On the Private Conscience of Statesmen Print
By James V. Schall, S.J.   
Tuesday, 03 September 2013
 

In A Man for All Seasons, to a subtle offer by Cardinal Wolsey about how to save the Church for England by giving the King another wife, More responds: “When statesman forsake their own private consciences for the sake of their public duties…they lead their country by a short route to chaos.”

This memorable line seems prophetic. It illuminates, if not skewers, the public figures we call “statesmen” today. We think especially of those who maintain that they “follow” their consciences even (perhaps especially) when formed contradictory to reason and Church teachings. The issue becomes stickier when we recall that Aquinas told us that we should, in fact, follow a sincerely erroneous conscience precisely for the reason that More gave – i.e. to avert moral chaos. But More’s conscience was not erroneous, even if most of the English aristocracy at the time thought that it was.

With the exception of John Fisher, the bishops of England at the time of Henry’s matrimonial problems had little problem with their consciences. They went with Henry, not the chopping block. Henry himself protested that his own conscience was unsettled by the prohibitions in the Book of Leviticus about marrying a brother’s widow. The same Book’s restrictions did not bother his conscience so much when dealing with the wives following Anne Boleyn.

In 1929, Ronald Knox (in “The Charge of Religious Intolerance”) had blunt things to say about those responsible for More’s death, words that we seldom hear in these ecumenical days:

A great crime was committed four hundred years ago, one of the foulest crimes in history. And while it is true that the principal author of it was a king for whom very few people have a good word nowadays, in a sense the responsible author of that crime was Protestant England. Not in the sense that when it took place England was a Protestant country; but in the sense – that the England that took that crime lying down, which raised no voice of protest against it and continued to make a hero of the bloody tyrant who was guilty of it, was an England whose conscience was already debauched.

Some five hundred years after the royal execution of More (July 6, 1535), the question is not whether England is Protestant, but whether it might more easily become Muslim, or even, less likely, Catholic.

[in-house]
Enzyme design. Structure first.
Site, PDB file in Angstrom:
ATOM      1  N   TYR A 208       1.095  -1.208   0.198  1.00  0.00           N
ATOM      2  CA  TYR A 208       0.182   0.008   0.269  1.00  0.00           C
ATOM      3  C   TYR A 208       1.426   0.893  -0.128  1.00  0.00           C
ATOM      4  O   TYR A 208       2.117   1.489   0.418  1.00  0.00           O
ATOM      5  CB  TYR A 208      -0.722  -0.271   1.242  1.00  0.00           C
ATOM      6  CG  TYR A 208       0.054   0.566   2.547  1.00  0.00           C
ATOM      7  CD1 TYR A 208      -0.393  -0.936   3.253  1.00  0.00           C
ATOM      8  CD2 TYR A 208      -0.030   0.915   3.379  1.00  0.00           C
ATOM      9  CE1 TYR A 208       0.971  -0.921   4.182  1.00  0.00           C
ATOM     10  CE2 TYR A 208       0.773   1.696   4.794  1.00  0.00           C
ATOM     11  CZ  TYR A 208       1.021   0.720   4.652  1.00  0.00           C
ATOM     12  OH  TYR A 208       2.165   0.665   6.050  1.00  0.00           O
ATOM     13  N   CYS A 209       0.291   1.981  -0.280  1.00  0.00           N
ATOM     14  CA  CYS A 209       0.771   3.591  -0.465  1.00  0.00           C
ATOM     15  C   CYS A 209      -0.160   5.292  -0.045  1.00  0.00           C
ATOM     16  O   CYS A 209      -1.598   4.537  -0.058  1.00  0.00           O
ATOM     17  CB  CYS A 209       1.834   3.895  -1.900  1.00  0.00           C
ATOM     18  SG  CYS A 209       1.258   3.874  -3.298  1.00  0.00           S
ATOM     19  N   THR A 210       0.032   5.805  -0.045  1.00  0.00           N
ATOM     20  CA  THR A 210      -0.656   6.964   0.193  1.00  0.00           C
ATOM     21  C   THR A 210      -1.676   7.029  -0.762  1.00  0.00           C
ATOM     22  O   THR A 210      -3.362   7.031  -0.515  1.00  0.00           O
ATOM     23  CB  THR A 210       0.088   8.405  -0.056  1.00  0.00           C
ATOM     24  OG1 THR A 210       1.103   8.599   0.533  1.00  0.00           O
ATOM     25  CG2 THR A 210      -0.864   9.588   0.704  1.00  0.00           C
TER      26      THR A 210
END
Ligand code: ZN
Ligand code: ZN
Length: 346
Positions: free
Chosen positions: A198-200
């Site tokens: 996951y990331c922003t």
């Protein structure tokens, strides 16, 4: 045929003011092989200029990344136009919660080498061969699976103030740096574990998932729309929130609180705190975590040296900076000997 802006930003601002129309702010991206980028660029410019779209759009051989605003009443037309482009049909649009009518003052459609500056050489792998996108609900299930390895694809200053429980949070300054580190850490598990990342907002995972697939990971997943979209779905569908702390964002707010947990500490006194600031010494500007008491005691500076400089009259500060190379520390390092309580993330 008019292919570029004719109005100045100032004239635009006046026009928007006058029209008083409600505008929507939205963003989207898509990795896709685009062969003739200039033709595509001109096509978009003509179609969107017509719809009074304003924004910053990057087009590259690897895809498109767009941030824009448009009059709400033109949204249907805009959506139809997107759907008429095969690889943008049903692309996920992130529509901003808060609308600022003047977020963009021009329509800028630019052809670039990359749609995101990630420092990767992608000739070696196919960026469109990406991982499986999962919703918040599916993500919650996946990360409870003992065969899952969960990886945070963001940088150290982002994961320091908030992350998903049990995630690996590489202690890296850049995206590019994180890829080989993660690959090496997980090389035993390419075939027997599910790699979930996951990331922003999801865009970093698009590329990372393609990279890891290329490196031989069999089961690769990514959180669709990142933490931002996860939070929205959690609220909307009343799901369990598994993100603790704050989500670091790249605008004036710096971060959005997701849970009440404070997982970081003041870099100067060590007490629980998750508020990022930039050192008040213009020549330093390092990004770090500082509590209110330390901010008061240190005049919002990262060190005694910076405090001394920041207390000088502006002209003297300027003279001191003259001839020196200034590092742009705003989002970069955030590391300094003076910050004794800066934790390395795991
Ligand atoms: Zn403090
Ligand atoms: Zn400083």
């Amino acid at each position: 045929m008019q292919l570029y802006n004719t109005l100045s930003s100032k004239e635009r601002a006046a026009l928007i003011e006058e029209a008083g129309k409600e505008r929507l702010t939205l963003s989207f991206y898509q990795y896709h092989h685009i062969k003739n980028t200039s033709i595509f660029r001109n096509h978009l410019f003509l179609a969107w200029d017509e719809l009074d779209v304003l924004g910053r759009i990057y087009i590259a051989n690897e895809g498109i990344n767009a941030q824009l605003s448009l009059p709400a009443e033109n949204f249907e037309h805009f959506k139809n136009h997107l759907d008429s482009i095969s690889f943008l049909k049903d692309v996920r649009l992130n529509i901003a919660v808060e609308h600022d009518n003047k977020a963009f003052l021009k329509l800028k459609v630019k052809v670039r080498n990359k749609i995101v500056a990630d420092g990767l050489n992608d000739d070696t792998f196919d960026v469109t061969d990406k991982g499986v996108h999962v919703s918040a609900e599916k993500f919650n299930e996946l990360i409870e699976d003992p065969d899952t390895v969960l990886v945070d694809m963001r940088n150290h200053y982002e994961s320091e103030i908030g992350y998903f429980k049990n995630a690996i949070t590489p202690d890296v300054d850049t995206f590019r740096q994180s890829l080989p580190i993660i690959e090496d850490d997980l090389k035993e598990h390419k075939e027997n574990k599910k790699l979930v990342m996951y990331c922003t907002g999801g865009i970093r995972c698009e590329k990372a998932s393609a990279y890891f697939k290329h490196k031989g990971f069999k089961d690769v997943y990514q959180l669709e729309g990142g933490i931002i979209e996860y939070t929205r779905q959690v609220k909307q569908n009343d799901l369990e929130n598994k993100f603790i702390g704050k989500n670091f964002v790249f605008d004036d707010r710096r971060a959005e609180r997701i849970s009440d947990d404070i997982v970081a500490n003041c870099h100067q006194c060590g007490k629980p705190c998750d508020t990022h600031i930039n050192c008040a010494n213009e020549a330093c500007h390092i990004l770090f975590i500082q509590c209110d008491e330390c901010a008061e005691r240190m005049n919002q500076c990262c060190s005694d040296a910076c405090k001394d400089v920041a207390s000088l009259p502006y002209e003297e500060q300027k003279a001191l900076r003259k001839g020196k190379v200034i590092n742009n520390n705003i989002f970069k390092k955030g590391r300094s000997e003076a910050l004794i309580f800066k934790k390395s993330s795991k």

Sir Thomas More and His Daughter by John Rogers Herbert, 1844

But the ease with which the English Catholic prelates and people went along with More’s killing has to do with the prevalence of what Knox called a “debauched conscience.” The death of More did not involve just Henry. It involved the whole society, which merely watched.

We speak of democracy as if its choices exempt us from the personal moral responsibility that we bear in going along with its immoral laws and decrees. Our recent elections and court decisions are fraught with the judgment that Knox implied. Unworthy men and women rule by popular choice. Aristotle had warned us about the same thing, but he did not locate the problem in the “debauched conscience,” where it really lies.

As I read Knox’s comments, I thought of John Paul II’s controversial efforts to show sorrow and repentance for sins of the past committed by Catholics, especially popes. To my knowledge, no similar official effort occurred in England to express sorrow for the killing of More. That would, I suppose, involve questioning the foundation of the regime that followed Henry. Better to let sleeping dogs lie. Not all evils need to be requited in this world.

Yet on reading these comments, we have an eerie feeling. Many fellow believers in our time have little problem in embracing positions that are far more disordering of soul than the English bishops’ acting in behalf of Henry’s divorce, though divorce may, in fact, be at the bottom of much of our moral disorder today.

Ignatius Press published a small book of Joseph Ratzinger’s on conscience. In it, Ratzinger carefully dealt with the erroneous conscience. If one has taken little or no effort to “form” his conscience, it’s being erroneous looks less noble. The present day followers of consciences formed against basic orthodox teaching are a key to public life. In effect, they substitute their consciences for the law, then judge the law and those who stand for God’s law to be inhuman or out-of-date.

If we reread More’s statement, however, we see, I think, that he was right. When a statesman violates his own conscience or fails to form it so that he can judge reality, he does lead the community into chaos. Who can doubt that it is to this chaos that we are inexorably being led by such “statesmen” who make their own “debauched” consciences the norm of rule for all? 

 
James V. Schall, S.J., who served as a professor at Georgetown University for thirty-five years, is one of the most prolific Catholic writers in America. His most recent books are The Mind That Is Catholic and The Modern Age.
 
 
The Catholic Thing is a forum for intelligent Catholic commentary. Opinions expressed by writers are solely their own. 
 
 

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